The 5G market is expected not only to be large but to grow extraordinarily fast. The global 5G Internet of Things (IoT) market is predicted to reach $694 million by 2020, then leap to over $6 billion by 2025. With uses spanning from smart cities to enterprise solutions, connected cars and IoT applications, there are few industries that 5G won’t touch. In addition, companies like Comcast (CMCSA) and Charter Communications (CHTR) know that their broadband business will ultimately be at risk. Tens of millions of customers rely on one of these companies for high-speed Internet with little other choice. Building a 5G network isn’t without risks, namely the cost, but as we’ll see in a moment, Verizon seems ready to take on the challenge.
Big Red produces big green
The second reason that Verizon should keep rising is the company is a cash flow machine. If it is going to go after the massive opportunity that is 5G, the company needs cash flow. The good news is, Verizon has cash flow, and in the billions. In the most recent quarter, its core operating cash flow reached $9.4 billion. By point of comparison, AT&T generated about $11.6 billion in operating cash flow. On the surface, this would seem to suggest that AT&T is in a better position to capitalize on opportunities. However, if we dig a little below the surface, we get a somewhat different picture.
First, operating cash flow isn’t the same as free cash flow. The best way to compare free cash flow across companies is to look at free cash flow generated per $1 of revenue. In the most recent quarter, AT&T’s free cash flow per $1 of revenue equaled $0.14. Verizon, on the other hand, managed to generate $0.16 of free cash flow. By this measure, Verizon has relatively more to spend from each dollar of revenue.
In addition, AT&T and Verizon’s dividend obligations have a lot to do with why the latter seems to be better-positioned. In the last quarter, AT&T’s core payout ratio was just under 58%, whereas Verizon managed a ratio of under 49%. Even though AT&T generated more free cash flow on an absolute basis, the actual money each company had after dividends was almost the same.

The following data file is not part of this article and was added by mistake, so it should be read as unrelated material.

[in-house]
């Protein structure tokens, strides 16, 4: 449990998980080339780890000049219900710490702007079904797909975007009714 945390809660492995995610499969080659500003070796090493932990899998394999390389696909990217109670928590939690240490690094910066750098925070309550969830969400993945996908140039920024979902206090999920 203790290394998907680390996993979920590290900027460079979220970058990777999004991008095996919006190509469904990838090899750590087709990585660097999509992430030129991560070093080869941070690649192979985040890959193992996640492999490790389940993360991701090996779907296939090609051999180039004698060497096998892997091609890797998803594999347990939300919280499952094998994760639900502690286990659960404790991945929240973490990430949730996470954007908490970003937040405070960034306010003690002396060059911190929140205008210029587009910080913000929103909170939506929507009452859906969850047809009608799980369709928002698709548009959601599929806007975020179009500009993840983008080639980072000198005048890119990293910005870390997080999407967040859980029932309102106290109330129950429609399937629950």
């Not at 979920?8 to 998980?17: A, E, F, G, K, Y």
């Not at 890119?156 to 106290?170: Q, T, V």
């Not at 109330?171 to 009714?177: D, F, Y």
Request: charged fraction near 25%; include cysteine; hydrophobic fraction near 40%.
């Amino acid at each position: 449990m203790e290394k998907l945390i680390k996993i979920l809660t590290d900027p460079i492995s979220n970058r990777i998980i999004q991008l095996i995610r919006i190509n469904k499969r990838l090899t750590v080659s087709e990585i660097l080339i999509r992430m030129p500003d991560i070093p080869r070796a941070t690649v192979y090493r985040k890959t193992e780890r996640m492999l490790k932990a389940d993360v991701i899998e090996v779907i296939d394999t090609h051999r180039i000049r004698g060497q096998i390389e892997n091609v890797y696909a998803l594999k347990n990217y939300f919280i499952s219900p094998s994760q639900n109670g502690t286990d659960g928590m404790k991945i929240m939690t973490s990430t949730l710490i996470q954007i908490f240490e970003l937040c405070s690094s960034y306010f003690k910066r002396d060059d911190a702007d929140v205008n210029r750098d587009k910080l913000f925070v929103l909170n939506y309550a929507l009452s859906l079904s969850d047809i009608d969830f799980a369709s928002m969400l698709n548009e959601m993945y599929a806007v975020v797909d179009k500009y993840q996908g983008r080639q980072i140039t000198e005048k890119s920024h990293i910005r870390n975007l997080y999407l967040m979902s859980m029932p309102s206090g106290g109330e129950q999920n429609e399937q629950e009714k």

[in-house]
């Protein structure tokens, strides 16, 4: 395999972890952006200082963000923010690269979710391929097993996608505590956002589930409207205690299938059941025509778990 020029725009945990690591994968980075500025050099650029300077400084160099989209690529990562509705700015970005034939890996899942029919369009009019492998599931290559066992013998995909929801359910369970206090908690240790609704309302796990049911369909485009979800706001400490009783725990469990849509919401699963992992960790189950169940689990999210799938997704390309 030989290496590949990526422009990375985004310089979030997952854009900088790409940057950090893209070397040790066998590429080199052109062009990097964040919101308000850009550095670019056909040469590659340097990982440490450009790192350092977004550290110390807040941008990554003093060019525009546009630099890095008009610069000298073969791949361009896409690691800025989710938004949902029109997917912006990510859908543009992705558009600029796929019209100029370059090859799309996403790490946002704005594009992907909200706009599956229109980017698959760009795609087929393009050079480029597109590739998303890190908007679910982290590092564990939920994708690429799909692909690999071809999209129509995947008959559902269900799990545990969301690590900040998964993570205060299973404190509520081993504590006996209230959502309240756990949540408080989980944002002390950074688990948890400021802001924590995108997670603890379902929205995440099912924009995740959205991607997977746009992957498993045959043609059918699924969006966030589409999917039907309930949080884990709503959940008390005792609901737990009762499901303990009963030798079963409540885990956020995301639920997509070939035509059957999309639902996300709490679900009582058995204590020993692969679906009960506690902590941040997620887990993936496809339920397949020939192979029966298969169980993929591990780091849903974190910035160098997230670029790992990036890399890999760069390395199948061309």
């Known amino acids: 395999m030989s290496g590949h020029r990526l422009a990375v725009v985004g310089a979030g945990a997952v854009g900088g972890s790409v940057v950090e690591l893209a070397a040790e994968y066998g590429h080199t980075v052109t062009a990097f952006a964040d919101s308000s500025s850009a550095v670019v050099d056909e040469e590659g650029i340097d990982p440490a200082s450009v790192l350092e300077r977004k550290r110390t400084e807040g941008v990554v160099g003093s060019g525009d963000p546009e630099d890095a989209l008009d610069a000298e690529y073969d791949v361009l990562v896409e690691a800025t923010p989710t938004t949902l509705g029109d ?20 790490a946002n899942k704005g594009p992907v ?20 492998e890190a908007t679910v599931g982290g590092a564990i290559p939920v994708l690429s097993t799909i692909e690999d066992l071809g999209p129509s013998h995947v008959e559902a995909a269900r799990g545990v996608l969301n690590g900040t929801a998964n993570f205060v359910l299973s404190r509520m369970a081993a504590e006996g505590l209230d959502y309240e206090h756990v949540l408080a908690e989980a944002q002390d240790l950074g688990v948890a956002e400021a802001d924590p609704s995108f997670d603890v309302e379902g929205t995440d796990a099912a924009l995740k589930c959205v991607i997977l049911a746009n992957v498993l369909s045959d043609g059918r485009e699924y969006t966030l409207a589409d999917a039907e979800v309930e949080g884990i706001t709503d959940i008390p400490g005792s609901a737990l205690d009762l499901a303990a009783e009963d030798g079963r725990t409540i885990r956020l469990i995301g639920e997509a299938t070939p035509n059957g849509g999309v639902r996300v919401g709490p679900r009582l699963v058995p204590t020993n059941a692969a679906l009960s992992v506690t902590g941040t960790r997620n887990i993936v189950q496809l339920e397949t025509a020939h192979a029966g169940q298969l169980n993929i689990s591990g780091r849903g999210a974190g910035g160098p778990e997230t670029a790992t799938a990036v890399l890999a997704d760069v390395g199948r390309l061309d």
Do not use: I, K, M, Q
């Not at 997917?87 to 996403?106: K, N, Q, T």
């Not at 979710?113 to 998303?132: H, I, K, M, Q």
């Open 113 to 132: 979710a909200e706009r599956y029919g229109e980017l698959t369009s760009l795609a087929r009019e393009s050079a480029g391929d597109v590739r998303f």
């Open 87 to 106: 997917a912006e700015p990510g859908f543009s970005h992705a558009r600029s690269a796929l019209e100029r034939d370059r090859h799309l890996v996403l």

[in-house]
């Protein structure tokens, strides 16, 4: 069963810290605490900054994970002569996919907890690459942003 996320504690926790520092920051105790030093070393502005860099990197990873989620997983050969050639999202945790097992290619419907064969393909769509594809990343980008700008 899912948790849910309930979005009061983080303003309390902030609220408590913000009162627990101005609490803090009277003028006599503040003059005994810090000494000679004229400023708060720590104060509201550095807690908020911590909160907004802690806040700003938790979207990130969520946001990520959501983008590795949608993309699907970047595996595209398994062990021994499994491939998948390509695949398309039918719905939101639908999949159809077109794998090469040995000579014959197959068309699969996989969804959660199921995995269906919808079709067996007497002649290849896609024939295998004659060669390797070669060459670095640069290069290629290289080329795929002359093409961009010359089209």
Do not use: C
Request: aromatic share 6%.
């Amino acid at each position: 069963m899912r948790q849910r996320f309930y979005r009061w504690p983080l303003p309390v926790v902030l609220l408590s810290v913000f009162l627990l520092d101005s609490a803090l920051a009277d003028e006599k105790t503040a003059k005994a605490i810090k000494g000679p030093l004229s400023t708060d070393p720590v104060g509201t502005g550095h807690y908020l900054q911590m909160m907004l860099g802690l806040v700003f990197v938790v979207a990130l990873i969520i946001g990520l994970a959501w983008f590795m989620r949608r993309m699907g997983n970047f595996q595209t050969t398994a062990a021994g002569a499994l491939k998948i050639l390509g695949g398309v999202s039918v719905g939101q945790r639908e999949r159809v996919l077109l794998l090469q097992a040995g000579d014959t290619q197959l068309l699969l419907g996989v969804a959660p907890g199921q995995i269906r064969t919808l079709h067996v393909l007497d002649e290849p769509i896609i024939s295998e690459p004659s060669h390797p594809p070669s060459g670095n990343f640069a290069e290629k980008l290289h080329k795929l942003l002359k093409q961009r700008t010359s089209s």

Where AT&T is concerned, the cost to build out and try to gain customers in streaming video will be on ongoing challenge. Customers who are using DirecTV or its high-speed Internet services will face a choice between 5G home broadband, 5G mobile, or their existing service. The company’s wireless business may make up for some of these challenges but won’t offset the risk completely.
While Verizon’s 5G buildout will take years, at some point, just as in 4G, the massive investments will dissipate. The company can focus on providing the backbone for the shift to 5G and little else. With more relative free cash flow being generated from each revenue dollar, and a lower payout ratio than AT&T, investors should have confidence in Verizon’s 5G future.
Which is more important? Dividend yield or dividend growth?
One of the bigger challenges comparing Verizon to AT&T is the latter’s larger dividend yield. Investors looking for income can’t ignore a 6.3% yield from Ma Bell. However, as with most things, there is more to the story than just one number. Given each company’s reliance on wireless revenue, it shouldn’t be too surprising that analysts expect earnings growth over the next five years to be very similar. Verizon and AT&T are expected to report 2.5% annual EPS growth.